Fifteen years after Finning International Inc. left the flats of False Creek, bequeathing 18.6 acres of its property on Great Northern Way to the University of British Columbia, Simon Fraser University, the British Columbia Institute of Technology and the Emily Carr University of Art and Design, the area is finally coming into its own as the office hub it was long intended to be.
With more than 20 years of city planning fuelling a vision for a high-tech future, the flats are adding life sciences, educational and cultural uses to their historical and strategic position as a rail corridor.
“Southeast False Creek is the area of most rapid transformation in Vancouver right now,” says Kevin Nelson, a senior vice-president with CBRE Ltd. who specializes in tech space.
The key fibre optic line serving the city’s tech companies enters the city alongside the rail lines, and with close proximity to SkyTrain and plans for the Millennium Line extension along Great Northern Way to Broadway and the west side, genuine redevelopment of the area is finally taking shape. The infrastructure’s here, and developments including Emily Carr’s new campus and corporate head offices are following.
“The area is poised to become an important and vibrant work-and-live epicentre in a few short years,” Nelson says.
The change represents more than two decades of efforts. City staff outlined a vision for the area in a key 1996 report that was updated in 1999 and again a couple of years later as the tech boom and life sciences companies moved in. Then, as now, the area was seen as the next frontier beyond Yaletown.
Original plans called for up to nine million square feet of office space accommodating 20,000 to 30,000 workers in the area bounded by Main Street and Clark, Venables and Great Northern Way.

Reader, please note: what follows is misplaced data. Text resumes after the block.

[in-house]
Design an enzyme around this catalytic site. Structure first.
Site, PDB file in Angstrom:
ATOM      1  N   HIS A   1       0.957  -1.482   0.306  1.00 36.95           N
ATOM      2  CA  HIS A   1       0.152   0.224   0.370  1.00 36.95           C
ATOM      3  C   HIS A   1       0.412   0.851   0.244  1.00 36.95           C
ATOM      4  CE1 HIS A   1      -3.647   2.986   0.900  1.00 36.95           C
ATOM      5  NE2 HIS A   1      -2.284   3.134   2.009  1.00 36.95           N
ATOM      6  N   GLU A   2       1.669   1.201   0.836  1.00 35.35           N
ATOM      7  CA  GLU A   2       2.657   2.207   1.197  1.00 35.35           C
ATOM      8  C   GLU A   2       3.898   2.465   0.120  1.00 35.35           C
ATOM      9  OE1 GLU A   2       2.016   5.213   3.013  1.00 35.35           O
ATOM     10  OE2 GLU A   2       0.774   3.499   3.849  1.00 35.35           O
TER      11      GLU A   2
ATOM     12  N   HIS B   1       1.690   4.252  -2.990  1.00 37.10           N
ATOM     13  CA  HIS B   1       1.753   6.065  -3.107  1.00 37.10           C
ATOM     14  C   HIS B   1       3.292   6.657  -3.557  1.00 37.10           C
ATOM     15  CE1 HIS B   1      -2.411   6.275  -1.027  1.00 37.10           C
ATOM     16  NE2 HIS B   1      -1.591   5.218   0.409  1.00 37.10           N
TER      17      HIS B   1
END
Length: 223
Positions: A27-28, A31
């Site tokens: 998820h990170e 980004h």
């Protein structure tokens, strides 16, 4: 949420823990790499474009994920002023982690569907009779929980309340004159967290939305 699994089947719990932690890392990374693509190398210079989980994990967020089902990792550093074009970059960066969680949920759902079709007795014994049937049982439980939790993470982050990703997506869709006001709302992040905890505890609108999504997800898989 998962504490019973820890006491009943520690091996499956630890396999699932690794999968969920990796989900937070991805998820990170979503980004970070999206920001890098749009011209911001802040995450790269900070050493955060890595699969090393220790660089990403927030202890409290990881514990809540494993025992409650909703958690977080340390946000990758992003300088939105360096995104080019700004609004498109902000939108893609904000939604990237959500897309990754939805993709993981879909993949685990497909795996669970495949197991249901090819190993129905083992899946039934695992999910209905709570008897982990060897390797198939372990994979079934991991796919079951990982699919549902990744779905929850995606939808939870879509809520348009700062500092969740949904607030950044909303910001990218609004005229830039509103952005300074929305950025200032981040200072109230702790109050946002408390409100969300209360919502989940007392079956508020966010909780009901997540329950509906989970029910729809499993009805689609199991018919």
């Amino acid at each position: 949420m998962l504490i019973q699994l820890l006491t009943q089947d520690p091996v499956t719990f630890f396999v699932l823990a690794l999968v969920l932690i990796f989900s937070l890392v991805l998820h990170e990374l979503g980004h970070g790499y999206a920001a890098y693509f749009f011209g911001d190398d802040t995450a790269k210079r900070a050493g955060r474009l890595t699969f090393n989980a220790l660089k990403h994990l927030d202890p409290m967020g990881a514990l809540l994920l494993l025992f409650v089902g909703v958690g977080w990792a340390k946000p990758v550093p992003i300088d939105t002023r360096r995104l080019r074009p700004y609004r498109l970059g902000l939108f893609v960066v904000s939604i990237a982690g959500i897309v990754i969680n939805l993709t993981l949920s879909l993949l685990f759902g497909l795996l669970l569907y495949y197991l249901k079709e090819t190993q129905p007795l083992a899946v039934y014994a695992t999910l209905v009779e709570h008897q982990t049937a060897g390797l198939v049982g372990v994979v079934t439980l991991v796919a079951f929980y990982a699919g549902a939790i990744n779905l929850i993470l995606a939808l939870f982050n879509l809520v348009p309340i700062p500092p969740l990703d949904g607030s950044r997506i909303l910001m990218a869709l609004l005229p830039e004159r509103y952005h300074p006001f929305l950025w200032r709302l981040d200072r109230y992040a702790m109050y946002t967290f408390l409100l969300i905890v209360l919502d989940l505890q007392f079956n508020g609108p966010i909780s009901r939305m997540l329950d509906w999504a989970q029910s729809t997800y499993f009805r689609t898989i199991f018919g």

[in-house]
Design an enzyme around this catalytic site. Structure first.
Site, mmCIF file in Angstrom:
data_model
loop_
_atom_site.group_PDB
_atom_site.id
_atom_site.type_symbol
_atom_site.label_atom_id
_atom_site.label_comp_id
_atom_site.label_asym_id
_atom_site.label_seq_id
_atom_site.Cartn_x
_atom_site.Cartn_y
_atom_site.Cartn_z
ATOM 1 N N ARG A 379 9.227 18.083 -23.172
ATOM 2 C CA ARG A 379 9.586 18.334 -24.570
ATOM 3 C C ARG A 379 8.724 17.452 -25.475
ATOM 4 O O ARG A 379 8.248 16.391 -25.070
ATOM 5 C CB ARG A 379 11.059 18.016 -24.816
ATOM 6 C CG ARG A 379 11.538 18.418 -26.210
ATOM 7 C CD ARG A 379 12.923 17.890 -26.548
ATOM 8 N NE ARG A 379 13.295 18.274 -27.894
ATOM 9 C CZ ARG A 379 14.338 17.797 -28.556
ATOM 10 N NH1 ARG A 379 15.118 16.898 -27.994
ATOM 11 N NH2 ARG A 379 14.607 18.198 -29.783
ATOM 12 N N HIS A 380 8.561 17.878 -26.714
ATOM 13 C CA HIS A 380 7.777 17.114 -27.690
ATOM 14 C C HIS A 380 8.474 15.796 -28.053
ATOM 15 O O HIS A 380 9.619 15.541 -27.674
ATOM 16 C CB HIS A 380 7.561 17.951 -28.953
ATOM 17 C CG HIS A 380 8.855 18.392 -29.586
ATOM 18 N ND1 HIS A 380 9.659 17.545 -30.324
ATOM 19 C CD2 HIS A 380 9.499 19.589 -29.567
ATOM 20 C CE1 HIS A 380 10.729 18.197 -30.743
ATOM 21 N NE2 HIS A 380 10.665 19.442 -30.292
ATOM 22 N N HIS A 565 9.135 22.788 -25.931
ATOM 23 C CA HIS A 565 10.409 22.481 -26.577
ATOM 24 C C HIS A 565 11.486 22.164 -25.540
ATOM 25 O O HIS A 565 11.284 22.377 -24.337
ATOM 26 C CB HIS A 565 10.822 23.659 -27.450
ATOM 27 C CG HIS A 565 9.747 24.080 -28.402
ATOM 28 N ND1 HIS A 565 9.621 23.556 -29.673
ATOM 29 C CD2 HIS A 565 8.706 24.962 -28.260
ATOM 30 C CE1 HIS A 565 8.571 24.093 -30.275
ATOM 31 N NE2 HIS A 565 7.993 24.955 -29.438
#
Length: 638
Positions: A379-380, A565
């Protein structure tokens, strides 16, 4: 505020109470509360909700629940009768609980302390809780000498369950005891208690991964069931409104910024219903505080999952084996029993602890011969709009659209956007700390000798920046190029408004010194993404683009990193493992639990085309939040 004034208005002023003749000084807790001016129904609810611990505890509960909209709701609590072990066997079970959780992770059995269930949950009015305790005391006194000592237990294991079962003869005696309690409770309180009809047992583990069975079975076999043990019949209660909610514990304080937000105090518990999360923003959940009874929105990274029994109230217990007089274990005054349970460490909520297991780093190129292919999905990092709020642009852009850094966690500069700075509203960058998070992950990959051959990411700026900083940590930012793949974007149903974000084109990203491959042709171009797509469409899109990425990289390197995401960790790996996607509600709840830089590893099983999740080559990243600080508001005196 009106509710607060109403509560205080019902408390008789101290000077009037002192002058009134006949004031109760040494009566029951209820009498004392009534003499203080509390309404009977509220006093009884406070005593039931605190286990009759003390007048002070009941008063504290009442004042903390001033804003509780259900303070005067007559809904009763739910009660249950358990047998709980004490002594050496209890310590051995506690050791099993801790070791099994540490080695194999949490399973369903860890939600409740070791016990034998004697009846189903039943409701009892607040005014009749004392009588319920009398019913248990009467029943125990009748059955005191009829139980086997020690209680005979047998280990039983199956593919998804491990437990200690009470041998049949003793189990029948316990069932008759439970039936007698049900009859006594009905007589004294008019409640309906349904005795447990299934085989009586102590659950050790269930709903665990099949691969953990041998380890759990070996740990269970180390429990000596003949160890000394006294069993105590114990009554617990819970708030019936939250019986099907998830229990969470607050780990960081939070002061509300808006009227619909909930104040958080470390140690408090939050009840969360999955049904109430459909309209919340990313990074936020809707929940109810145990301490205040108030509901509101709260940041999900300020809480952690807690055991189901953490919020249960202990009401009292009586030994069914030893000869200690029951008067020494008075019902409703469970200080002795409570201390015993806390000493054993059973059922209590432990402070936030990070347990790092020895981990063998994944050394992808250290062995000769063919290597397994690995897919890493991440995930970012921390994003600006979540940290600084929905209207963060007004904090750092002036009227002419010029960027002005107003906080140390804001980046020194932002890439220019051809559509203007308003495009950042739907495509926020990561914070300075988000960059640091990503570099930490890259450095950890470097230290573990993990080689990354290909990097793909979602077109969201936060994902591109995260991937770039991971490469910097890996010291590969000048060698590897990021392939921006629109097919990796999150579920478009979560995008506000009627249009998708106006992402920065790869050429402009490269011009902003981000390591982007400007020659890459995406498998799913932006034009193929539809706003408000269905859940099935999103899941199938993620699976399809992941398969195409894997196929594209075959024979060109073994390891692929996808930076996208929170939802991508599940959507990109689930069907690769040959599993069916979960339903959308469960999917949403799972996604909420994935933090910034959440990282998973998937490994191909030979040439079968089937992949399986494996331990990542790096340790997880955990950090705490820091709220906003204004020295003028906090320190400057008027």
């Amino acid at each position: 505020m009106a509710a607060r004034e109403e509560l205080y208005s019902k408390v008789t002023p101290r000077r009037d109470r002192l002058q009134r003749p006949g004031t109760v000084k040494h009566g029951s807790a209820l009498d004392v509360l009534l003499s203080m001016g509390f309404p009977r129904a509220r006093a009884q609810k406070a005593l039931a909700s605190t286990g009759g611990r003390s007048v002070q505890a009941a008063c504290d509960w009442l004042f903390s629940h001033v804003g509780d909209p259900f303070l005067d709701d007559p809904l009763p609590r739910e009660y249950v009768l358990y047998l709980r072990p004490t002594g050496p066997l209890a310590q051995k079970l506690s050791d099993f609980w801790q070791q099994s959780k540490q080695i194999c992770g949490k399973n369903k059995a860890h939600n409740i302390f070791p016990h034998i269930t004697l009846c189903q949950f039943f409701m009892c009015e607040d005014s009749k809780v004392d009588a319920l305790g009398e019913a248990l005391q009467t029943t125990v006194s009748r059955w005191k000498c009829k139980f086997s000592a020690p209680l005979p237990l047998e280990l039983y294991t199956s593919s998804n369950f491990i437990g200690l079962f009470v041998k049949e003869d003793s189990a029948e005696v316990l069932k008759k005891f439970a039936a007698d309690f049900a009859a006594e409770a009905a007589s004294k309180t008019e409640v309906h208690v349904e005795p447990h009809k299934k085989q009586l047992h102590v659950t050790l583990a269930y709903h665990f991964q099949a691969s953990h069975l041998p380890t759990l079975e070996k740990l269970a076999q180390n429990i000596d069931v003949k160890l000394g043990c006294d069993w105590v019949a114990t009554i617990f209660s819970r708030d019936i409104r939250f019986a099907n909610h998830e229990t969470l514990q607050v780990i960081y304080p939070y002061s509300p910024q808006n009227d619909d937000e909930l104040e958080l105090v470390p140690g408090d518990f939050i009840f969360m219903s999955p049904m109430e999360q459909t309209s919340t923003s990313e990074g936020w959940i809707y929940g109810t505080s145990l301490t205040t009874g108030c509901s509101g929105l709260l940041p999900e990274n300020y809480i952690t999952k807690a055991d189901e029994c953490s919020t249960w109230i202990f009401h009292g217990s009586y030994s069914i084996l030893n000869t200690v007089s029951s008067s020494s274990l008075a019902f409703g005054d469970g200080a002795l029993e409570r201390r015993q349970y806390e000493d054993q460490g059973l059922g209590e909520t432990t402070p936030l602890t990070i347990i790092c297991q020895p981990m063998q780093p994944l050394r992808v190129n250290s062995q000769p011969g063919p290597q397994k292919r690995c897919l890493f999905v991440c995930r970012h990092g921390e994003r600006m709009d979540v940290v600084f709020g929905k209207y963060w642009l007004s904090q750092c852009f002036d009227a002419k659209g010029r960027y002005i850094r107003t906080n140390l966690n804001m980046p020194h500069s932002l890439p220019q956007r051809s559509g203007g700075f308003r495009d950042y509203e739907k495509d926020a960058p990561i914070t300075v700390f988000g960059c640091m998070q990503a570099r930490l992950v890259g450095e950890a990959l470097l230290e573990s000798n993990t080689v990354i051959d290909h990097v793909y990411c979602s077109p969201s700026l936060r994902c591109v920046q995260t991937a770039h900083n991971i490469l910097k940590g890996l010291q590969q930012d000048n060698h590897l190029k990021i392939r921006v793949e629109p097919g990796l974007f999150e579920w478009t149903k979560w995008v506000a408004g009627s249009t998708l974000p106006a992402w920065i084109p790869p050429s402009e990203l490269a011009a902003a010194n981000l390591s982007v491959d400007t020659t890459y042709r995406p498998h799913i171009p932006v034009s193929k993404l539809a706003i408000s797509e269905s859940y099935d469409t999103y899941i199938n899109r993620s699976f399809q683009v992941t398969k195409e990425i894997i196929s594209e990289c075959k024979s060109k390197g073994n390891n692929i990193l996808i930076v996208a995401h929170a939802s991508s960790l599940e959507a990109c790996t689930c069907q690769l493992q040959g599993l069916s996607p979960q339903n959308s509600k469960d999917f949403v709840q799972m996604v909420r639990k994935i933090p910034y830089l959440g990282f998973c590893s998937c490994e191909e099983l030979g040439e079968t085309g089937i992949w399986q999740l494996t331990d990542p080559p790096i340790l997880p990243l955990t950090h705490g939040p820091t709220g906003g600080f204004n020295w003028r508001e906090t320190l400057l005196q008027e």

Today, the vision is for doubling jobs space to 11 million square feet, up from a current total of 5.4 million. The city still targets a working population of 30,000 (up from 8,000 today), but the jobs space will be denser, with provision made for both existing industrial uses as well as next-generation office space. Street networks and walkways will let pedestrian and vehicle traffic move both around and through the area, creating a more porous site than the railyards allow.
“We have to protect Vancouver’s industrial core and affordable commercial space,” says Ingrid Valou, who handles communications for the Vancouver Economic Commission. “[This] means having the space to do it – which means densifying the False Creek Flats.”
This means more multistorey properties, often along the lines of what Chard Development Ltd. is doing at 34 West 7th in Mount Pleasant, where three levels of office will sit above industrial space on the first floor. This is what PC Urban plans for the Able Auctions site at 1055 Vernon Drive in the northeastern quadrant of the flats.
Yet plans are afoot for pure commercial space.
While development has taken place either side of SkyTrain guide rail along Terminal Avenue, the removal of the downtown viaducts will open space to mixed-use developments hosting both jobs space and residential uses. Construction of a new St. Paul’s Hospital and health-care campus on the 17-acre property north of Pacific Central Station formerly home to Burlington Northern will create a hub for health care within the inner city as well as high-paying jobs.
Rize Alliance Properties Ltd., which continues with its award-winning Containers on Terminal development, recently partnered with Pioneer Investments Ltd. of West Vancouver to redevelop 1296 Station Street with an office block oriented to the adjacent Main Street-Science World SkyTrain station. Farther east, the city sold its property at Clark and Great Northern Way to Nature’s Path Foods Inc. for office development. Plans aren’t yet defined, but with Mountain Equipment Co-op’s new head office nearby, it represents one of a number of well-known Vancouver companies choosing to locate here.
Perhaps the biggest office development on the books is PCI Group’s plans for 160,000 square feet at 569 Great Northern Way, where Kit and Ace has taken 95,000 square feet. Kit and Ace is the brainchild of activewear entrepreneur Chip Wilson, also the principal of Low Tide Properties Ltd., which recently acquired 901 Great Northern Way for future development.
While the southern half of the flats is seeing the most action right now, Jake Luft, a senior associate with Avison Young in Vancouver, expects that to change once Vancouver council endorses the plan staff have drafted for the area.
“Anyone that owns sites or has sites under contract or anticipates buying sites, a lot of their plans are waiting for [the False Creek Flats] plan approval,” he says. “There’s a lot of land there that’s ripe for redevelopment. … Density will be increased, and it’s going to be absorbed as the market can do it.”